the dogs played, and then I would get restless and
get up and go off to the woods
and the fields, and the afternoon would
soften gradually and finally I would come
home, through the long shadows, and into the house
where she would be
my glorious welcoming, tan and hungry and ready to tell
the hurtless gossips of the day and how I
listened leisurely while I put
around the room flowers in jars of water—
daisies, butter-and-eggs, and everlasting—
until like our lives they trembled and shimmered
Reprinted from Thirst, © 2006 by Mary Oliver, by permission of Beacon Press, www.beacon.org.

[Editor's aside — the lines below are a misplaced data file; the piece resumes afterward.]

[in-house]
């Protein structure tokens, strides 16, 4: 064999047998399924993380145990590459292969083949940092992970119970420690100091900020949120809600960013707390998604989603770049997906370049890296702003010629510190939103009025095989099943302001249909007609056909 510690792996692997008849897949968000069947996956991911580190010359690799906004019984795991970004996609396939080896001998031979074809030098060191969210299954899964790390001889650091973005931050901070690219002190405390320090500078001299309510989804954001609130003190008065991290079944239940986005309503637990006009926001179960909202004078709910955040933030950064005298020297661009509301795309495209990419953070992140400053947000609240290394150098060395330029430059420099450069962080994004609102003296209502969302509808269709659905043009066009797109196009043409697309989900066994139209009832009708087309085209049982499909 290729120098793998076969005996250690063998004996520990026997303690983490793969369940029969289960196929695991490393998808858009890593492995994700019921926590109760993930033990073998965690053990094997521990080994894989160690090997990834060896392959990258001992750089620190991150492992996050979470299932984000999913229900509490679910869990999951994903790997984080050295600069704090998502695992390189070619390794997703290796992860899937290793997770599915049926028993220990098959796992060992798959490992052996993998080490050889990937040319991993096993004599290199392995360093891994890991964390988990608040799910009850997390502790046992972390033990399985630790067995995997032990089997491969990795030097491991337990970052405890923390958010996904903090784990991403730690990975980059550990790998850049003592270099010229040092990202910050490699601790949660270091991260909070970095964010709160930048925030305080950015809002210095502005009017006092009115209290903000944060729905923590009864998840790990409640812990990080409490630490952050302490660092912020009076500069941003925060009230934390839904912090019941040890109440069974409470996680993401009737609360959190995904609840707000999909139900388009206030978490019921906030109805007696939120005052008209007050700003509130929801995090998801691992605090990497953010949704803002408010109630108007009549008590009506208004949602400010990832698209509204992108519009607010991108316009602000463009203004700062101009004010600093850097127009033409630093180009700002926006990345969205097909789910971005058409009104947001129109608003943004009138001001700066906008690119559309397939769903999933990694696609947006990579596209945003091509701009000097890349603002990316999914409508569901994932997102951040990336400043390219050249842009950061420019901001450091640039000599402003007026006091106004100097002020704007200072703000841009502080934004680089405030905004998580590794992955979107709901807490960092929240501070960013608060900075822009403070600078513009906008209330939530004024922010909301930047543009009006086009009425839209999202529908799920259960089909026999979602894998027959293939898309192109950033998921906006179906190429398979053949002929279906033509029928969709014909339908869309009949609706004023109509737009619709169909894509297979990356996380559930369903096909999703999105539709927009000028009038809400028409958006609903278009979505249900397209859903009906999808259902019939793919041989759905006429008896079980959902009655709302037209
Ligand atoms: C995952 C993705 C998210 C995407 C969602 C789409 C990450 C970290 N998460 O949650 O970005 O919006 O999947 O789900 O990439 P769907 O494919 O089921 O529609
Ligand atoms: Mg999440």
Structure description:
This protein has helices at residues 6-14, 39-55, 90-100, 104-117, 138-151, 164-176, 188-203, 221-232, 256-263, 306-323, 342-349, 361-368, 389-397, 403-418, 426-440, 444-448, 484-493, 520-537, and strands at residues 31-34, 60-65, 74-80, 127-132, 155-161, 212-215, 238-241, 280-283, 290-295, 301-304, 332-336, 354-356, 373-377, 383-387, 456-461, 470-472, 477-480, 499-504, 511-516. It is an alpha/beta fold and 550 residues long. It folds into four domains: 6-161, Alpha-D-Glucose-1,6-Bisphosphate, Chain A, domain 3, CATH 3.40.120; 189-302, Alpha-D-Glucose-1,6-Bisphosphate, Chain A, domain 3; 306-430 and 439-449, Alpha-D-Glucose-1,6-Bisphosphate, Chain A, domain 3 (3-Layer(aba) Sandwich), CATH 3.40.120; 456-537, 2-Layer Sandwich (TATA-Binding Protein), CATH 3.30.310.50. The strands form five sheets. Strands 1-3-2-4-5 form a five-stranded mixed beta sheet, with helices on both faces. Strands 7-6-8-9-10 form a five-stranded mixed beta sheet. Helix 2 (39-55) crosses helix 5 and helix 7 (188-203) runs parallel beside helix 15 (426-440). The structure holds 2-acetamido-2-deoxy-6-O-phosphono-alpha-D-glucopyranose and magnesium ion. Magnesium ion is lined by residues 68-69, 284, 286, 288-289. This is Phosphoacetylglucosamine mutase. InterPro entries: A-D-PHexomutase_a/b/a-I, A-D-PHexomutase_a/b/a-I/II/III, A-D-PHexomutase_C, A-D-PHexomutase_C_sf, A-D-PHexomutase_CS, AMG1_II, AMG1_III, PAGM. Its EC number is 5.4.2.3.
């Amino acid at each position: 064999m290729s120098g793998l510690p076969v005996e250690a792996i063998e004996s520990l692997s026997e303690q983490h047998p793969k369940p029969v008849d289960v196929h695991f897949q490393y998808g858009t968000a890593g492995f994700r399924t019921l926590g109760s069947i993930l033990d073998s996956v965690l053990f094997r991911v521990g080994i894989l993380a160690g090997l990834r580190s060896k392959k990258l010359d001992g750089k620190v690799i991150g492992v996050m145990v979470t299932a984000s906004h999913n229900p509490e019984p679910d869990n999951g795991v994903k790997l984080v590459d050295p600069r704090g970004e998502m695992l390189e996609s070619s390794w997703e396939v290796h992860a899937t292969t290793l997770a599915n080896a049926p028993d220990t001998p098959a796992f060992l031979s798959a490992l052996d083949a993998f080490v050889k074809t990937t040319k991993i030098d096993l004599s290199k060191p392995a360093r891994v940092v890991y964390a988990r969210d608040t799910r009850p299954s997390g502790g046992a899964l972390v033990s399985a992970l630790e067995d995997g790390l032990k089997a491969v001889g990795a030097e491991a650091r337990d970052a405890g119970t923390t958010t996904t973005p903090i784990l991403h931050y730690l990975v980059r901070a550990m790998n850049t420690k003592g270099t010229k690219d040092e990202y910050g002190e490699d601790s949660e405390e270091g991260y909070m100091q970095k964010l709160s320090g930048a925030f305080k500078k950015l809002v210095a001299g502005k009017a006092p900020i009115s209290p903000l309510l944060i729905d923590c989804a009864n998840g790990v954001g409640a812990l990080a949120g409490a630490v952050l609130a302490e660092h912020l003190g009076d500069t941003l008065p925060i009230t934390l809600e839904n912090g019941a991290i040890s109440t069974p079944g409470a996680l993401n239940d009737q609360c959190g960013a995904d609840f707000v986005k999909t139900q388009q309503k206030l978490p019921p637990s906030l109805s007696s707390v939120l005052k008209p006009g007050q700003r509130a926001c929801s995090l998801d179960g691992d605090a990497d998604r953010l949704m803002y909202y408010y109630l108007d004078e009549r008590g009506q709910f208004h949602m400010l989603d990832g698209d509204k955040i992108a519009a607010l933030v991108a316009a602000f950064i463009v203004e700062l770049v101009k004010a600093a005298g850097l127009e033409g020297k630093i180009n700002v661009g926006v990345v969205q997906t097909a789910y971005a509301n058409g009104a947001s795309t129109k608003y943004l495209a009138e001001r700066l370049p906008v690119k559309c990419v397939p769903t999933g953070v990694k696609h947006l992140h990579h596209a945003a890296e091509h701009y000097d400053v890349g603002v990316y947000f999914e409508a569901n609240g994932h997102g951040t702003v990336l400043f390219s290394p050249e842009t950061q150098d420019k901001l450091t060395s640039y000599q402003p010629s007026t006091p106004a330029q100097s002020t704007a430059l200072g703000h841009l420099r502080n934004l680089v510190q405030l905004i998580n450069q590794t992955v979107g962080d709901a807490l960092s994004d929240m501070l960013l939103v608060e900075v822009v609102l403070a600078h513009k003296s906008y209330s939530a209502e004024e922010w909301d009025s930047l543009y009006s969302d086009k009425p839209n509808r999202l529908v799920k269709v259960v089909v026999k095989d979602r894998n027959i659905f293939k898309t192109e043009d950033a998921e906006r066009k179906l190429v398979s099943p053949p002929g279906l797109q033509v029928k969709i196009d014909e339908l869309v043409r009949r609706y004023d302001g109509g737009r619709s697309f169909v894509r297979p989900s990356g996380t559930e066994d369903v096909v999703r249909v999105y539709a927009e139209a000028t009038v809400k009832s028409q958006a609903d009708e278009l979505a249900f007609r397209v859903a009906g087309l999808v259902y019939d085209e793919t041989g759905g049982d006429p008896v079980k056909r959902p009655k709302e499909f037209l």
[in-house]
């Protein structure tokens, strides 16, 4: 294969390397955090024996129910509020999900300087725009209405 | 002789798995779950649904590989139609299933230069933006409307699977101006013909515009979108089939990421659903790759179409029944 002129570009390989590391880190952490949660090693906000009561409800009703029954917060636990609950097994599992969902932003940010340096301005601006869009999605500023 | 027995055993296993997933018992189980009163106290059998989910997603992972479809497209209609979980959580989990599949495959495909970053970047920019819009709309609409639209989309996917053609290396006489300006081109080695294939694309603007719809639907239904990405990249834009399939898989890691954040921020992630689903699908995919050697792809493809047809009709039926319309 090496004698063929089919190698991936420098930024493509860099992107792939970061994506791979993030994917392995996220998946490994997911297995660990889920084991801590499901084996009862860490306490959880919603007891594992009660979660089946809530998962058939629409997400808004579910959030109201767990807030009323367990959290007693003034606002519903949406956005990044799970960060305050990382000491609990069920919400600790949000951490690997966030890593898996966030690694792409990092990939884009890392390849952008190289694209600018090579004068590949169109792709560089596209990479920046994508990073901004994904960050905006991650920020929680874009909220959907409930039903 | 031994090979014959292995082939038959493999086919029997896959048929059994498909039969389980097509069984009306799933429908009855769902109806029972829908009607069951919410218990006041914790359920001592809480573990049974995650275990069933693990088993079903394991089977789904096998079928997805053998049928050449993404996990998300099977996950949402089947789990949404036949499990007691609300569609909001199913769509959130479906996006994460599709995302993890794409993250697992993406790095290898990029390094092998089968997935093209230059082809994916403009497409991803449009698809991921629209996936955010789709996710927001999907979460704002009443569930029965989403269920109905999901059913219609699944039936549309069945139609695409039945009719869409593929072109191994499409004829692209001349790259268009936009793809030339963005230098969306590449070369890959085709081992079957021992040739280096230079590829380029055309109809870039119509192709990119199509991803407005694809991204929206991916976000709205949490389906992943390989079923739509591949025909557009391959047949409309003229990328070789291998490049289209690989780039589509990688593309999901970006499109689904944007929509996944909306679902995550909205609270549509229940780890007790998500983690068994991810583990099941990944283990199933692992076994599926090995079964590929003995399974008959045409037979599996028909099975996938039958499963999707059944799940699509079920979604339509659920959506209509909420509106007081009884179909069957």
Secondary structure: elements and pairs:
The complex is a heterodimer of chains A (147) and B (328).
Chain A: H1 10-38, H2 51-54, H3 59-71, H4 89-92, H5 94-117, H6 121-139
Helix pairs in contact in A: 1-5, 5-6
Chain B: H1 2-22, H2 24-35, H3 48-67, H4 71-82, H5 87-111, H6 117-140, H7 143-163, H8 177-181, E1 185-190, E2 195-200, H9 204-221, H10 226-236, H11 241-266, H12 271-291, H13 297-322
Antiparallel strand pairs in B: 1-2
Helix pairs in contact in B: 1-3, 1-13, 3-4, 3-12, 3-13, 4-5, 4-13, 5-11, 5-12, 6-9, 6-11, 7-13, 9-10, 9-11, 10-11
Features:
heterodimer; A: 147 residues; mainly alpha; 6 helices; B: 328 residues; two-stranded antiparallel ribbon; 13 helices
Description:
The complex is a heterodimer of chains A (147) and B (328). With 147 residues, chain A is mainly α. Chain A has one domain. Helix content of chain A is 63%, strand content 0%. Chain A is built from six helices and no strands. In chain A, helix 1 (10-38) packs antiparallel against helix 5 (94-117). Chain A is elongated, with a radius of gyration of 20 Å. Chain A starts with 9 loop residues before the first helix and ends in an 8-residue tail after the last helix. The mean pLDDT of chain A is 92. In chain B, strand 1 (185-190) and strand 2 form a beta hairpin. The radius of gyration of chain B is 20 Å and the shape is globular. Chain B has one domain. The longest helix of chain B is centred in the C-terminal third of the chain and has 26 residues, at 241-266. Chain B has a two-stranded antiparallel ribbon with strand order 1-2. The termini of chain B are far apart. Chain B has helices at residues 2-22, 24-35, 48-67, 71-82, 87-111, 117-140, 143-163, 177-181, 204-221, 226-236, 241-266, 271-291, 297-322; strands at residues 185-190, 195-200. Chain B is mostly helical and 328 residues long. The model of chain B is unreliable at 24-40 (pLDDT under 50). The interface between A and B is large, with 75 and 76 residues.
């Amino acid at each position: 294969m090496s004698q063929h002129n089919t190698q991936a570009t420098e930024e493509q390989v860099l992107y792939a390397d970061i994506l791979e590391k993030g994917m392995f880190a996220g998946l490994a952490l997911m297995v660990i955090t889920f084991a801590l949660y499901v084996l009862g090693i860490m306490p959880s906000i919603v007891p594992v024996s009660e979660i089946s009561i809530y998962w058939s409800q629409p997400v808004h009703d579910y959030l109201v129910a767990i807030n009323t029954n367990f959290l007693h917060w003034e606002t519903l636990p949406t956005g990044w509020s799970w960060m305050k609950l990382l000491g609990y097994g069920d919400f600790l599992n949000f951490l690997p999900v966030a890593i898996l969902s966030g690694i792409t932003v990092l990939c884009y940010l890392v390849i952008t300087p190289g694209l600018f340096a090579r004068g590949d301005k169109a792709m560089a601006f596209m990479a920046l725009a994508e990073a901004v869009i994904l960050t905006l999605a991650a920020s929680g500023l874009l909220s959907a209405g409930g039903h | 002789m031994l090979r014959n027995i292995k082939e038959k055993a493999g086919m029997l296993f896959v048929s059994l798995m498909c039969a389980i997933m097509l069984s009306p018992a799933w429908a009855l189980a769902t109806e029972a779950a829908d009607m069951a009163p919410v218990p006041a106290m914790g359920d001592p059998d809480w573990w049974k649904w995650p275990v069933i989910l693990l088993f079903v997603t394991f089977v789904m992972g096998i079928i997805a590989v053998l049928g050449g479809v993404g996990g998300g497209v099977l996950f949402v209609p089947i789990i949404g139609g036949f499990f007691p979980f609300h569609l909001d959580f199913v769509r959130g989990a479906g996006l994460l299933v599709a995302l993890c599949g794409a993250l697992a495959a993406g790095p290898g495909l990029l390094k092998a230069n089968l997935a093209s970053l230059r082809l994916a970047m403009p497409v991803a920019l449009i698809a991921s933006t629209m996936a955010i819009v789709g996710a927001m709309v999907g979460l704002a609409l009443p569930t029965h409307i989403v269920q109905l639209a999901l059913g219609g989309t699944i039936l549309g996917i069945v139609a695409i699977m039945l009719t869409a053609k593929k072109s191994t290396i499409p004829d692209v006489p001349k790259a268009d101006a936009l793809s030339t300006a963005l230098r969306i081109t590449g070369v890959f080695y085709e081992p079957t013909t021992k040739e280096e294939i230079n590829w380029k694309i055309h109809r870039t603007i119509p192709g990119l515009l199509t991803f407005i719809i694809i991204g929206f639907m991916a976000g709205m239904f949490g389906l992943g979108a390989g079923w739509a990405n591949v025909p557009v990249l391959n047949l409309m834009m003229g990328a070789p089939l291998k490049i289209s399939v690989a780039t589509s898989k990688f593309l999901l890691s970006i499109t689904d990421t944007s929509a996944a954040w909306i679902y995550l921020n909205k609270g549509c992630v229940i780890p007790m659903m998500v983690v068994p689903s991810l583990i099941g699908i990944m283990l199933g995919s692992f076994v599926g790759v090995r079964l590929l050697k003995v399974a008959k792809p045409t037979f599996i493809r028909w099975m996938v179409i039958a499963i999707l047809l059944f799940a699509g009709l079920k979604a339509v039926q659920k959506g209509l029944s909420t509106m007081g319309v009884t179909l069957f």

Correction 01.03.11: It has been brought to our attention that the poem as printed in our Summer 2006 issue was not the final version that appeared in Thirst. This online version now matches that found in the book. We regret the oversight.
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Mary Oliver is a Pulitzer Prize—and National Book Award-winning poet. She will be the Ware Lecturer at the Unitarian Universalist Assocation (UUA) General Assembly in St. Louis in June 2006.
Growing up on Star Island
Looking back on my summers spent at a beloved Unitarian Universalist retreat.
We cannot hear unless there is silence.